Given the broad population distribution produced by a static set of temperatures in the T-ReX simulations, it is important to test whether the simulation model provided optimal sampling of the basins. To address this issue, an adaptive replica-exchange SGLD-GBMV2 simulation model was applied whereby allowing the clients to walk in temperature space to optimize the efficiency of exchanges between nearest-neighbor thermal windows at potential energy barriers separating conformational basins (Lee and Olson, 2011; Olson and Lee, 2014; Olson et al., 2016). The 2D profile from the adaptive T-ReX is illustrated in Figure 2C for T = 300 K and the result is shown to retain the manifold of transient states similar to those sampled by the static T-ReX method, yet a population shift is observed toward an f H ~0.5 at the cost of reducing the density of unstructured conformations. The theoretical goal of the adaptive method is to enhance sampling of conformational transitions for a modeled potential energy surface. Early success of the method applied to a sharp phase transition of unfolding-folding of the protein SH3 showed better agreement with the experimental melting temperature than the traditional static approach (Lee and Olson, 2011). In addition, the adaptive method captured with greater accuracy the native state of SH3 extracted from the conformational ensemble. Given these earlier outcomes, and while the NPBP certainly lacks the folding cooperativity of SH3, the result suggests for the CHARMM22+CMAP/GBMV2 potential energy surface a NPBP “native” state of helix propensity near the value observed experimentally for the crystallographic bound conformation. Although the simulation shows a high rate of transitions among different basins, the overall population weight is inconsistent with the CD analysis in free solution. Because the potential energy surface is identical between the static and adaptive T-ReX methods, the less-efficient sampling approach will eventually converge to find a comparable WT(fH, Rg).
To determine the bias of the GBMV2 solvent approximation on WT(fH, Rg), adaptive T-ReX simulations were performed with a different implicit solvent model based on the GBSW2 approximation. Of the GB-based solvent models developed for protein dynamics, GBMV2 is one of the most accurate models in reproducing Poisson-Boltzmann theory with a Lee-Richards molecular surface (Feig et al., 2004b). The basis of GBMV2 is an analytical formulation of the molecular volume (Lee et al., 2003), while the less accurate but computationally much faster GBSW2 model is based on a smooth dielectric-boundary formulation constructed by applying a superposition of atomic-centered polynomials (Im et al., 2003). The dissimilarities between the two models in conformational sampling are clearly illustrated in Figure 2D. Application of GBSW2 significantly reduces the number of high-probability conformational excursions and leads to a folding funnel at f H ~0.5. While the “optimized” f H from the two different implicit solvent models is surprisingly similar, the limited disorder from the GBSW2 model in its current parameterization makes this solvent approximation less suitable for modeling IDPs (for an alternative parameterization of GBSW, see, e.g., Chen, 2010).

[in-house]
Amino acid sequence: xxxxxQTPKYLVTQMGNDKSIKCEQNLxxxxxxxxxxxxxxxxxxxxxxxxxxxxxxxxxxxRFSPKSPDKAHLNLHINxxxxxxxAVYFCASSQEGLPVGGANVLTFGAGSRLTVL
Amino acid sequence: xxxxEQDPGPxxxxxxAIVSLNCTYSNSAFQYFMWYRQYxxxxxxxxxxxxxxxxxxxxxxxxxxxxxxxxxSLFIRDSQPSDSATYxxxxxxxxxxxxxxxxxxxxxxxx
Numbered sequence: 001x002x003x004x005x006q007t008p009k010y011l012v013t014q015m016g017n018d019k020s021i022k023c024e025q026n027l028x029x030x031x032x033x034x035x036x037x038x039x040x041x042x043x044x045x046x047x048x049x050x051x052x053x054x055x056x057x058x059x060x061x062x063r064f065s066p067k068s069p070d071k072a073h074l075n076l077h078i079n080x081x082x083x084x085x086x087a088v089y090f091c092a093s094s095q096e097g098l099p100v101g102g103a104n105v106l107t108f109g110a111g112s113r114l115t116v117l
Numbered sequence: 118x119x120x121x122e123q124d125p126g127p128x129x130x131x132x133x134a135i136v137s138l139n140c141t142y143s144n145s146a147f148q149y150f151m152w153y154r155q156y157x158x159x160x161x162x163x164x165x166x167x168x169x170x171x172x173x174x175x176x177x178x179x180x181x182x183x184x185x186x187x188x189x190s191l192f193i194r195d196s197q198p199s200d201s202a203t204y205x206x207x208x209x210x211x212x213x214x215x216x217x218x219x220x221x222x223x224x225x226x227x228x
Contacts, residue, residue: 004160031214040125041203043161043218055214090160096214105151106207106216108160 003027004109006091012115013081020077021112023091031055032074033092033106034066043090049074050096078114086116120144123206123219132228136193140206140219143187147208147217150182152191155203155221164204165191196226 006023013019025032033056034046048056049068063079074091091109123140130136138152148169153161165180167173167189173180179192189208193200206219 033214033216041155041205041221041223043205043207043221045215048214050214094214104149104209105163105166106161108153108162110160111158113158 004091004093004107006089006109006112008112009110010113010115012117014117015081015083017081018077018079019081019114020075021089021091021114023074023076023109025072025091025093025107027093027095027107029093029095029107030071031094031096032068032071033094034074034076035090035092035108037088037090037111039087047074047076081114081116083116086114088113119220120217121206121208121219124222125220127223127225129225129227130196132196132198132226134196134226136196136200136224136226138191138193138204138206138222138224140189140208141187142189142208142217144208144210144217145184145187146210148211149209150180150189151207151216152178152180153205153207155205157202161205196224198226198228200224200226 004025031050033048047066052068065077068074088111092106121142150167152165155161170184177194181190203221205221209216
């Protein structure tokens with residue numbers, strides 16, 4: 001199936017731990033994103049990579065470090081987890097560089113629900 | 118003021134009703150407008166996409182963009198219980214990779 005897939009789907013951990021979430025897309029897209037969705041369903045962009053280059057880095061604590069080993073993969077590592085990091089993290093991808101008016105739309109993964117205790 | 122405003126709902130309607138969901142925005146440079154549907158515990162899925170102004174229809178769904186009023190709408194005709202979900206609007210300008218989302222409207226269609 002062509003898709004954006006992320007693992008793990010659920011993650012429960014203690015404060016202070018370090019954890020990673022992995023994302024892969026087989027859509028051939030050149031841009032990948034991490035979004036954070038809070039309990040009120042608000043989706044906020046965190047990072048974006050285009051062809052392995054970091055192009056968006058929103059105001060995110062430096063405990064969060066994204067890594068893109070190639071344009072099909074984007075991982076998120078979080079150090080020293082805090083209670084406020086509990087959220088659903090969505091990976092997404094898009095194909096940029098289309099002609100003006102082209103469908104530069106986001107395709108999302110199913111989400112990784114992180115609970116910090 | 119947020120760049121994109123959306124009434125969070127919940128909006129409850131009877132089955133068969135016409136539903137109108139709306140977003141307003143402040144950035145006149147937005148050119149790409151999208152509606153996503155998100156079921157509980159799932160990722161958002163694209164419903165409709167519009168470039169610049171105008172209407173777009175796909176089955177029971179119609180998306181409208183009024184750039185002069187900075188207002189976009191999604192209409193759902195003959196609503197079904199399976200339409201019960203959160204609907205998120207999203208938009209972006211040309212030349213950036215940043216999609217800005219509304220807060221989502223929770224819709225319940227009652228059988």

Figure 3 shows the probabilities of observing Rg as a function of three sampling temperatures taken from the ensemble. The GBMV2 model produced more compact states of NPBP than the crystallographic bound form, while GBSW2 yielded Rg values near the bound conformation. The observed difference between the solvent models can be partly attributed to the distinction in molecular surface representations, where different weights are applied to the surface-tension term that describes the hydrophobic free energy. In general, MD simulations of unfolded states are more compact and tend to favor helical structures than those found experimentally (Piana et al., 2014). By example, an experimental Rg for a unfolded 28 amino acids is estimated to be 13 Å (Kohn et al., 2004).
Figure 3. Calculated probability profiles for sampling values of radius of gyration and Cα-RMSD from the starting bound conformation of the NPBP peptide. Plot lines colored blue represent quantities extracted at T = 300 K from the generated conformational ensembles, red represent values at 390 K and green at 475 K. From the top figure to bottom, simulation results are static T-ReX/GBMV2, adaptive T-ReX/GBMV2, and adaptive T-ReX/GBSW2.